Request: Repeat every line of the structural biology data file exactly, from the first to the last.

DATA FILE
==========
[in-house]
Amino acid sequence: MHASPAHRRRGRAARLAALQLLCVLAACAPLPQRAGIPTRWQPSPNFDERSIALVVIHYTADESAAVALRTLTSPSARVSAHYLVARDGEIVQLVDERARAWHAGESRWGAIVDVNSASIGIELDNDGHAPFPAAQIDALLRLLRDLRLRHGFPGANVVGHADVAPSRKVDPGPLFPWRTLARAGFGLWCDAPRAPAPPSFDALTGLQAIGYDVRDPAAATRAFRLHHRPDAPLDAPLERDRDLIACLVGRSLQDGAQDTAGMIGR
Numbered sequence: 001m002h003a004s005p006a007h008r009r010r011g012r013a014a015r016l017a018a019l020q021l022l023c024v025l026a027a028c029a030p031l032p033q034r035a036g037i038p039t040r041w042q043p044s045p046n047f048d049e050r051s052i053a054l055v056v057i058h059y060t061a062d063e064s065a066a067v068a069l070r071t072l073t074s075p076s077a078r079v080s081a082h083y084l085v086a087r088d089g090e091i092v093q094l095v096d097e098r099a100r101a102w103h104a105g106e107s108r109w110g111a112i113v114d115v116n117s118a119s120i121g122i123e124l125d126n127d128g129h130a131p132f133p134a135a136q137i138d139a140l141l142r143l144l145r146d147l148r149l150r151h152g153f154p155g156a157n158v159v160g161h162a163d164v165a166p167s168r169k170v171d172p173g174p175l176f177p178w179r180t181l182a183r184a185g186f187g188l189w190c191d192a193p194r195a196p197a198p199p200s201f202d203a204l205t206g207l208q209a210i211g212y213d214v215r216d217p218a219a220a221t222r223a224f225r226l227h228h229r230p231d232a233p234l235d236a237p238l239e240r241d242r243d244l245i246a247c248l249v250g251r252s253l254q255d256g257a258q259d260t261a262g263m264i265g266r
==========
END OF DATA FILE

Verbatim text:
[in-house]
Amino acid sequence: MHASPAHRRRGRAARLAALQLLCVLAACAPLPQRAGIPTRWQPSPNFDERSIALVVIHYTADESAAVALRTLTSPSARVSAHYLVARDGEIVQLVDERARAWHAGESRWGAIVDVNSASIGIELDNDGHAPFPAAQIDALLRLLRDLRLRHGFPGANVVGHADVAPSRKVDPGPLFPWRTLARAGFGLWCDAPRAPAPPSFDALTGLQAIGYDVRDPAAATRAFRLHHRPDAPLDAPLERDRDLIACLVGRSLQDGAQDTAGMIGR
Numbered sequence: 001m002h003a004s005p006a007h008r009r010r011g012r013a014a015r016l017a018a019l020q021l022l023c024v025l026a027a028c029a030p031l032p033q034r035a036g037i038p039t040r041w042q043p044s045p046n047f048d049e050r051s052i053a054l055v056v057i058h059y060t061a062d063e064s065a066a067v068a069l070r071t072l073t074s075p076s077a078r079v080s081a082h083y084l085v086a087r088d089g090e091i092v093q094l095v096d097e098r099a100r101a102w103h104a105g106e107s108r109w110g111a112i113v114d115v116n117s118a119s120i121g122i123e124l125d126n127d128g129h130a131p132f133p134a135a136q137i138d139a140l141l142r143l144l145r146d147l148r149l150r151h152g153f154p155g156a157n158v159v160g161h162a163d164v165a166p167s168r169k170v171d172p173g174p175l176f177p178w179r180t181l182a183r184a185g186f187g188l189w190c191d192a193p194r195a196p197a198p199p200s201f202d203a204l205t206g207l208q209a210i211g212y213d214v215r216d217p218a219a220a221t222r223a224f225r226l227h228h229r230p231d232a233p234l235d236a237p238l239e240r241d242r243d244l245i246a247c248l249v250g251r252s253l254q255d256g257a258q259d260t261a262g263m264i265g266r